A group of LGBTI elders are set to take part in a Melbourne fashion parade next month, in a move to challenge ageism and promote safe spaces for LGBTI people in older communities.

The parade – titled Spunk – will be hosted as part of the Embolden Conference, a two-day festival run by Celebrate Ageing that will bring together leaders and researchers to discuss issues around ageing and aged care, both within the LGBTI community and outside of it.

Founder of Celebrate Ageing, Dr Catherine Barrett, said the parade will feature models over the age of 65 and will help to highlight the idea that beauty is an attitude.

“I always try to facilitate events that focus on LGBTI elders, and we need to keep doing that,” she told the Star Observer.

“But alongside that we also need to queer up senior spaces. We need to create safe spaces for LGBTI elders in broader events, and this fashion parade is the perfect example.

“By bringing LGBTI elders into that space, we’re letting people know that LGBTI elders don’t just have a place in LGBTI communities, they also have a place in communities of older people.”

Gay Melbourne-based artist Douglas McManus will design clothes for the elders to wear, before guiding them down the runway during Spunk.

He believes styling LGBTI elders is an opportunity to show that when it comes to self-expression through fashion, age is not a limitation.

“Clothing can transcend a person’s self-imposed notions of who or what is beautiful, and remind us that beautiful is an attitude,” he said.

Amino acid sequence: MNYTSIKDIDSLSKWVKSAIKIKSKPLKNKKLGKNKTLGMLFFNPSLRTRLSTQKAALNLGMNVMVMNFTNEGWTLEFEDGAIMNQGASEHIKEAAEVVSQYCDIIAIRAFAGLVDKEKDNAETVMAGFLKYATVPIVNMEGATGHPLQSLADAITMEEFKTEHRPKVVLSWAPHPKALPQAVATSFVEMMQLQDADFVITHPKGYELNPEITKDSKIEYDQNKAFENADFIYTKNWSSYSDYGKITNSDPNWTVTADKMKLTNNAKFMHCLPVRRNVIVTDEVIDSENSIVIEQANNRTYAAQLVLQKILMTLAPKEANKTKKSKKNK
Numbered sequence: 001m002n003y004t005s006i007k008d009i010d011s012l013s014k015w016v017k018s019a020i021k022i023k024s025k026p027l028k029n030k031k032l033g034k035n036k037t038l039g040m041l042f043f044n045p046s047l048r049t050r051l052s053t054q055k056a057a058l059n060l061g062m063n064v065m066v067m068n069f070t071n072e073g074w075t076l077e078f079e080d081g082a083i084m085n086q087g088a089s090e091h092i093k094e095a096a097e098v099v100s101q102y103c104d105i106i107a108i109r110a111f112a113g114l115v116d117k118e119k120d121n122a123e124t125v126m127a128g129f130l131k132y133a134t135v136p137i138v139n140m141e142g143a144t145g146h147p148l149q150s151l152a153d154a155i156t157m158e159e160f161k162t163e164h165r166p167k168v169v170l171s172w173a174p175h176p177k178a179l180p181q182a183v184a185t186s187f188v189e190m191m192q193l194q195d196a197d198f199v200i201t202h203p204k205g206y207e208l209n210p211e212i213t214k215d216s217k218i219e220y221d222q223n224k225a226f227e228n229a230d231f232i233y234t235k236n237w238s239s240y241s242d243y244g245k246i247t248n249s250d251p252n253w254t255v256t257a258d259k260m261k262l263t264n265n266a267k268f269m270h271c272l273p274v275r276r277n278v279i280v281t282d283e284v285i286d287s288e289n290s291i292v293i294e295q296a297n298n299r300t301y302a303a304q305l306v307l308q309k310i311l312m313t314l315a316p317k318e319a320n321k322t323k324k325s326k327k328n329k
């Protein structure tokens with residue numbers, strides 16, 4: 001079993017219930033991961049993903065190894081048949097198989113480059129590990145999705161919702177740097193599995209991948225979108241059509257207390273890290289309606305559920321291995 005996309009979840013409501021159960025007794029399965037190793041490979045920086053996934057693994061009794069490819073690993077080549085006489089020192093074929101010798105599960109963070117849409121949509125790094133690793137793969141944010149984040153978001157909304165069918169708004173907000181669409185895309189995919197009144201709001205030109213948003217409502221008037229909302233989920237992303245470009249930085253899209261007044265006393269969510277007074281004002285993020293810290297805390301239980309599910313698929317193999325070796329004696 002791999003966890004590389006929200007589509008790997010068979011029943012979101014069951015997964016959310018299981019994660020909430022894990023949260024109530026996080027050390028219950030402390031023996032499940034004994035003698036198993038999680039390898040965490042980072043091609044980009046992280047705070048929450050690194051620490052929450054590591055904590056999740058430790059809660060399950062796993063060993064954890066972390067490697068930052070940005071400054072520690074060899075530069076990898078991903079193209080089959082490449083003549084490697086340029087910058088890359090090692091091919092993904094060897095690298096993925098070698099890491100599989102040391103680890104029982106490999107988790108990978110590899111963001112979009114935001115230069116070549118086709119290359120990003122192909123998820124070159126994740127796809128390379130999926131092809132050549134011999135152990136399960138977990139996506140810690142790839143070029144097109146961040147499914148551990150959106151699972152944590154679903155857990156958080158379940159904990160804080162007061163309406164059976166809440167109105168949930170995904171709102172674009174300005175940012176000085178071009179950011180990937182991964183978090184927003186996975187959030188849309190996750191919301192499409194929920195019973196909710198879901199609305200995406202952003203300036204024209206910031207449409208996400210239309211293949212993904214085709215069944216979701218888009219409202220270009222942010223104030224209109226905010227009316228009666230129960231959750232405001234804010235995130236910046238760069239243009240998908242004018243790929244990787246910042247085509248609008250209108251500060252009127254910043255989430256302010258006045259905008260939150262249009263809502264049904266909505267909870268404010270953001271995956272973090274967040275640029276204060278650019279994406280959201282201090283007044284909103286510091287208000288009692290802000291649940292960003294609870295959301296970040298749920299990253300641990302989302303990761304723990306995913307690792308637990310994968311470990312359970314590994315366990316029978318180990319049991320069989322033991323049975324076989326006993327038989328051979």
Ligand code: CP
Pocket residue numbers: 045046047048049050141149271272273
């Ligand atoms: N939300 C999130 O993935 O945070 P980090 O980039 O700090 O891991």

Barrett adds that often the narrative around elders tends to focus on their history, rather than where they are at present.

“This fashion parade is not about history, it’s about now,” she said.

“And LGBTI elders will be in that space in a way that’s confident and sassy. They’re not asking for permission or respect, they’re saying this is who I am – love it or leave it.”

As well as the fashion parade, Embolden will also see age discrimination commissioner Dr Kay Patterson discuss the importance of place and factors that displace elders including abuse, poverty, and discrimination.

A new resource titled Rainbow Makers will also be launched, which explores the story of an 82-year-old lesbian who experienced sexuality-based discrimination in her aged care facility.

The fashion parade will take place on the first day of the conference festival, and will feature elders as well as other groups of older people modelling different runway categories.

“If we want to engage community in making change happen, we better make it interesting,” Barrett said.

The Embolden Conference festival will take place at the St Kilda Town Hall between October 9 and 10. For more information and to register, visit: www.celebrateageing.com/embolden

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